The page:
Micro Sculptures by Famed Artist Willard Wigan MBE
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How did you first get started in micro sculptures? Were you always drawn to miniatures?
At school I suffered from a learning difference. This resulted in me being criticized for not being as able as the other students. Whilst I played truant, which sadly was quite often, I submersed myself into a world of miniatures. I was fascinated by ants, not knowing where they lived. This was the catalyst to me making houses, furniture and playing objects for ants.
How has your work evolved over the years?
I have been creating micro sculptures for 50 years. My work has evolved from its very rudimentary form when I first started. Over the years, experience coupled with more advanced microscopic equipment has allowed my work to become smaller and more detailed.
For a time, I did carve large objects, life size out of wood, but it has always been the micro sculptures that has been my signature.
What materials do you use to make your miniature sculptures?
Materials vary depending on the piece I am working on. But common materials are gold, glass, Kevlar, nylon and cable tie.
Describe your process.
Usually I create the sculpture, then place it into the eye of the needle, or onto the head of a pin. I work mainly with one high powered microscope, but the control comes from my hands as I work in between pulse and heart beats.
Advice for beginner artists?
Perseverance and dedication. If at first it goes wrong, which it will, keep trying.
I make my own tools, which vary depending on the piece I am creating. So, it’s not a matter of living without a particular tool. It’s more a case of creating and fitting each tool to create each piece of work.
Favorite work of art you own by another artist?
I don’t have any other artists’ work at my home. In fact, I do not even display my own work after creating it.
The Last Supper, because of the time it took to create, the microscopic intricate detail in the piece, and its symbolism.
What has proven to be the most difficult sculpture to create?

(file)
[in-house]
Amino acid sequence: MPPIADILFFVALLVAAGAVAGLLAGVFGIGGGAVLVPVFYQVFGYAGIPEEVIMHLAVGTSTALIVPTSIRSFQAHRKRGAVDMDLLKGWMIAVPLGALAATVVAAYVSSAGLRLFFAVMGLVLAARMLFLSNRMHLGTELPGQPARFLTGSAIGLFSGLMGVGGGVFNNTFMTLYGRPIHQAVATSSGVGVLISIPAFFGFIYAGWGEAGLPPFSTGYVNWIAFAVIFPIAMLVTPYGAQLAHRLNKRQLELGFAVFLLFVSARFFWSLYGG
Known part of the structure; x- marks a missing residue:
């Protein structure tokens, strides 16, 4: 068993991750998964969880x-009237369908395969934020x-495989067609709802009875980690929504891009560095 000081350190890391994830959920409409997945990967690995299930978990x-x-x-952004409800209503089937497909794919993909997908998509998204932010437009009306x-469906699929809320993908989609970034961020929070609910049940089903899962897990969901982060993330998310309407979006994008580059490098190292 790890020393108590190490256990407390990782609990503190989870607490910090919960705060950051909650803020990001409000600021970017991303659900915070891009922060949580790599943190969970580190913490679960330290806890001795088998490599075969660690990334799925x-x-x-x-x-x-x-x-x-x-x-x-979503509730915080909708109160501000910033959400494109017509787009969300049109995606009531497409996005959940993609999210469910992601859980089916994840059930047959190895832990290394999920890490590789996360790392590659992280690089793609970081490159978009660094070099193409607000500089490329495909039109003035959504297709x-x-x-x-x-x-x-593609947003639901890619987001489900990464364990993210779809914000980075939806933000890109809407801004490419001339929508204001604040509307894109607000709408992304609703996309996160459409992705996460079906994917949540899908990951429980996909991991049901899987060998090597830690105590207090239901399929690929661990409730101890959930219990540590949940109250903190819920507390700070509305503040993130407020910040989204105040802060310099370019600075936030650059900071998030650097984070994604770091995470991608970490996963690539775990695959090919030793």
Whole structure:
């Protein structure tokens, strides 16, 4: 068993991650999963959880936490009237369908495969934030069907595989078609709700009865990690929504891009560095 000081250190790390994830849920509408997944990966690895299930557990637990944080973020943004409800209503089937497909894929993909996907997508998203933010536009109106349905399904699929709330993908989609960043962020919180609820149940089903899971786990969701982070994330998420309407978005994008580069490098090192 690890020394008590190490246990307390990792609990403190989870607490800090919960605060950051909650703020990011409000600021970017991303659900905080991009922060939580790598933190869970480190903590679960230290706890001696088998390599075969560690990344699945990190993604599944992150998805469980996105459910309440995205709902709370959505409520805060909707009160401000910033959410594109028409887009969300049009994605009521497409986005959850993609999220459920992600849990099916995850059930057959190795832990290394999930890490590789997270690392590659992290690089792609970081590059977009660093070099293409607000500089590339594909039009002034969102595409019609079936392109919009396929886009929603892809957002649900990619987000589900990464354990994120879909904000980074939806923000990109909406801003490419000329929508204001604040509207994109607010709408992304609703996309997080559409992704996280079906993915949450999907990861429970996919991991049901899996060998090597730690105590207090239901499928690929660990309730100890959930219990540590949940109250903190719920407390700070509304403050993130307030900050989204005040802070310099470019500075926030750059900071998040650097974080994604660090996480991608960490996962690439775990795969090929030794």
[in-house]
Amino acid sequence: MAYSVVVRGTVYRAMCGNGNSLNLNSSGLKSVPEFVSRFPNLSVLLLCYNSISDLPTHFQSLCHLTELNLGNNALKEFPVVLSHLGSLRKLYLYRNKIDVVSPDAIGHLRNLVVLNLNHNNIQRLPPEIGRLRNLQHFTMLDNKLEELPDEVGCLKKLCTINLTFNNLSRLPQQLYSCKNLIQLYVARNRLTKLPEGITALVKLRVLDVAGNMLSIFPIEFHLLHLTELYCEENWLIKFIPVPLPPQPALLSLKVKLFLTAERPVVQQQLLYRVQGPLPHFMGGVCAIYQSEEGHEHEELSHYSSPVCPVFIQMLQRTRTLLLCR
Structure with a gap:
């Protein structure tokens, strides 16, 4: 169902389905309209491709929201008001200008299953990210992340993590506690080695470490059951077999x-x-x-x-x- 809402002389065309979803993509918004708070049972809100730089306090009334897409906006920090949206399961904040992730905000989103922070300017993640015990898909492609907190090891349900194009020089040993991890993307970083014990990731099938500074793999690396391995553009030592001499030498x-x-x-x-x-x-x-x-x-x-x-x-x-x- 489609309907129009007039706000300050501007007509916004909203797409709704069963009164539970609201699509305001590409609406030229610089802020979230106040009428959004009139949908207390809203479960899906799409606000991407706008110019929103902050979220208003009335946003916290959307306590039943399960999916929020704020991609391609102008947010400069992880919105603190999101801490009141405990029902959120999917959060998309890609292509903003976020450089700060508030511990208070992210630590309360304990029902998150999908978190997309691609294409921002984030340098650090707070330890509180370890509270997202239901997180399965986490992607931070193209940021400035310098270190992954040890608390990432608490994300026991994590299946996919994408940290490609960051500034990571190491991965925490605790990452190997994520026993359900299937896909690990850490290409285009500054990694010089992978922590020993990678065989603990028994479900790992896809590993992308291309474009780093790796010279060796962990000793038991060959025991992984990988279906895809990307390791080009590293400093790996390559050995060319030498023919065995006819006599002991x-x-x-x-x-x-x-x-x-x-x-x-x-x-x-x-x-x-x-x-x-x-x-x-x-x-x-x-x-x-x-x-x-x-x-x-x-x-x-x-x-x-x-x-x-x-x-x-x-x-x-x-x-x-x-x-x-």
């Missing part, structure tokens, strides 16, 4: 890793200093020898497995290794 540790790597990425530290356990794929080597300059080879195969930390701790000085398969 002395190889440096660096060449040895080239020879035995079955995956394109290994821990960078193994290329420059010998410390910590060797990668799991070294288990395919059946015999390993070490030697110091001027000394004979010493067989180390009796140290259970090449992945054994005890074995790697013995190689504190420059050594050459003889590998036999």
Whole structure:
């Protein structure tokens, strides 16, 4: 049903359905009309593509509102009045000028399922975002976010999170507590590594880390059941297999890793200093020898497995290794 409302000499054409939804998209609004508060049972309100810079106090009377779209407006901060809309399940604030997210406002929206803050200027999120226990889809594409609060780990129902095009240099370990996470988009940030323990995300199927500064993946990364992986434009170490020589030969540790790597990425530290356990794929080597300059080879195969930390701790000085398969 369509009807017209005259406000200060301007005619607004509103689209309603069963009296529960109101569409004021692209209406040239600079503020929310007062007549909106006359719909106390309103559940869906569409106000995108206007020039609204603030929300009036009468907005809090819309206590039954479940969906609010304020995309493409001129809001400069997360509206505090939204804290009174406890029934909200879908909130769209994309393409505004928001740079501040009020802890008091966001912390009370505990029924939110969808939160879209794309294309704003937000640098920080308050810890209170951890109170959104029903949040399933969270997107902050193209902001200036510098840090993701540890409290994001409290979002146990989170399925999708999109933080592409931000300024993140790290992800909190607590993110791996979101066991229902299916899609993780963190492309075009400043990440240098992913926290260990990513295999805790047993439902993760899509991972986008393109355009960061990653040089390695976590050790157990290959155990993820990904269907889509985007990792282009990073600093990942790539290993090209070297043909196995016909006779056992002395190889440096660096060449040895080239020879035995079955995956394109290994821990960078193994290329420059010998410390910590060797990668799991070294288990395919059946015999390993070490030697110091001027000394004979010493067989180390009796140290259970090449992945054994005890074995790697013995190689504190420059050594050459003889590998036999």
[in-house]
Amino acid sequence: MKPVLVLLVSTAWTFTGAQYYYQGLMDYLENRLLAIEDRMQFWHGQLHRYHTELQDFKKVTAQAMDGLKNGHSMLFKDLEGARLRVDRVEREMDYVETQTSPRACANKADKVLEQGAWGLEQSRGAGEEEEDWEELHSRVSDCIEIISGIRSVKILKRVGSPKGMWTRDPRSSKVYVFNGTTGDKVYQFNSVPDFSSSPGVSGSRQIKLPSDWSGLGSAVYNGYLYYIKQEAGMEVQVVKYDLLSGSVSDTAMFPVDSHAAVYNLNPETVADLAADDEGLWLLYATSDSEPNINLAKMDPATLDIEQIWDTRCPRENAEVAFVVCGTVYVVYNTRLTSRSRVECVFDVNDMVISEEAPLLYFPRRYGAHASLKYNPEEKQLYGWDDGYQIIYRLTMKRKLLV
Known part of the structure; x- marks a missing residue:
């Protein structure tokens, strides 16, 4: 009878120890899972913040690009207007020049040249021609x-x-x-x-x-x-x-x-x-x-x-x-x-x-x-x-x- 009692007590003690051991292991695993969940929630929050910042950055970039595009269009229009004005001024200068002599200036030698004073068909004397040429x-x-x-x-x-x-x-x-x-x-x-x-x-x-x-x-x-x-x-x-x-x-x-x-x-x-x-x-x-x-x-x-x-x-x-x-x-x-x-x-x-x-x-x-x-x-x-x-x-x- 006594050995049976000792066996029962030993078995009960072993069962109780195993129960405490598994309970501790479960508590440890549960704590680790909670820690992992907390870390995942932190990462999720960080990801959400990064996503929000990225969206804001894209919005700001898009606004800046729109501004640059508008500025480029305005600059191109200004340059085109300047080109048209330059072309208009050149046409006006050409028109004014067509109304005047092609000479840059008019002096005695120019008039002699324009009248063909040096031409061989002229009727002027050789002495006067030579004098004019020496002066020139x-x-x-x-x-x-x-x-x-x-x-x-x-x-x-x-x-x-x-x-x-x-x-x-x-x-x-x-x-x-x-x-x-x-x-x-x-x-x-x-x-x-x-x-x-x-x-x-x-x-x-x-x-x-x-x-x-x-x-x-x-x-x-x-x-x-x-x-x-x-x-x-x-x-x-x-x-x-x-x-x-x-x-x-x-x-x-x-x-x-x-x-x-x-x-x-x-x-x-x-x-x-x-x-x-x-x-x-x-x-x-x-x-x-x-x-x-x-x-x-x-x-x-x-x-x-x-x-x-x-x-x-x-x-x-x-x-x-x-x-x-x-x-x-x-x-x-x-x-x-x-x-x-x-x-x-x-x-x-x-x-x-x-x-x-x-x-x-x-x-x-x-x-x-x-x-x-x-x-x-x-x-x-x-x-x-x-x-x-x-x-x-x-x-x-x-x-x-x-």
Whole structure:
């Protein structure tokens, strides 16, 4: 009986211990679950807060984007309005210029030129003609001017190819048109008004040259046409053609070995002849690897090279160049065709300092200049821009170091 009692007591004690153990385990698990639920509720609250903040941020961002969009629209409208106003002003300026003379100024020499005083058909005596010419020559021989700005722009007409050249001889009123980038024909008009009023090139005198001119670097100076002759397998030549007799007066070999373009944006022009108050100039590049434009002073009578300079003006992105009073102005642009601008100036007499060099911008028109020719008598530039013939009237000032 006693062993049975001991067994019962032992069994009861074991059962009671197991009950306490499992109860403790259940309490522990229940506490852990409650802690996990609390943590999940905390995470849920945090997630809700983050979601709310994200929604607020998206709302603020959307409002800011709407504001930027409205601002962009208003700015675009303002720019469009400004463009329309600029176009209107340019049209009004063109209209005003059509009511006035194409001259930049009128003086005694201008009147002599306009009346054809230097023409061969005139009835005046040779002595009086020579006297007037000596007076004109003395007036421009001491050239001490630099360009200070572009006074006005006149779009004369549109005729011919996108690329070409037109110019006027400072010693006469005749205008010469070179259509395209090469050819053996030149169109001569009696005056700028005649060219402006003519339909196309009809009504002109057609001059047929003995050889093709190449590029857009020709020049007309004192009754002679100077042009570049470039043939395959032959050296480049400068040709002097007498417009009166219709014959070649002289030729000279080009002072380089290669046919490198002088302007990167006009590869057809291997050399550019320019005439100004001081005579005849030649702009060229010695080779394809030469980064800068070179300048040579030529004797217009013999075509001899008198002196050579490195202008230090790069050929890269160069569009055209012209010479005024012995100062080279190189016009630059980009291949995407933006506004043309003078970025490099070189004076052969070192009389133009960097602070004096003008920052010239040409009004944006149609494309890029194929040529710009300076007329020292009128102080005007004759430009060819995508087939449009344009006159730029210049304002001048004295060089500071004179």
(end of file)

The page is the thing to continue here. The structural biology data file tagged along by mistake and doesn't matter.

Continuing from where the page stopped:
Probably the Prince Albert. The necessity to ensure the horse was perfectly and equally proportioned from its head to its hooves and tail. Then, to ensure that Prince Albert was perfectly placed into the saddle with his boots into the stirrups. Whilst the completed piece might not look as difficult as some of my other creations, it was actually probably the most difficult.
Artists you look to for inspiration?
Michelangelo and Leonardo di Vinci are artists who I take inspiration from. I can take several months to create a piece. These masters could take years. Their dedication and perseverance should be an inspiration to any artist.
Why micro-sculptures? What appeals to you most about what you do?
Why, as I said before, it stems from my early childhood years. The appeal—it’s not the creating the work, because this is painstaking. The satisfaction comes when I finish a piece and then watching people’s reactions when they place their eyes for the first time over the microscope to view the work.
I have a 3 month exhibition in Tel Aviv starting in September. This autumn, there is scheduled to be a permanent exhibition of 20 micro sculptures in my hometown of Birmingham.
As for projects, I am working with a Swiss watch company, Greubel Forsey. Their watches are perhaps the most bespoke in the world. After 4 years of research and development they have created a timepiece housing a built-in microscope to view one of my art pieces. This is all encompassed inside a fully functional Greubel Forsey timepiece. It is quite remarkable how they have achieved this.
What other hobbies do you enjoy?
To relax I listen to music, Motown being my preferred choice. As for hobbies, I enjoy combat types of sport such as boxing or UFC.
I am affiliated to 3 principal charities. The Nelson Mandela Children’s charity, the Siegfried and Roy animal charity and the less know but no less important Adenium Foundation, which seeks to give children a positive start in life via personal development and education.
Willard Wigan MBE’s work in micro sculpture continues to astound after 50 years. To see more of his microscopic creations, visit his website today.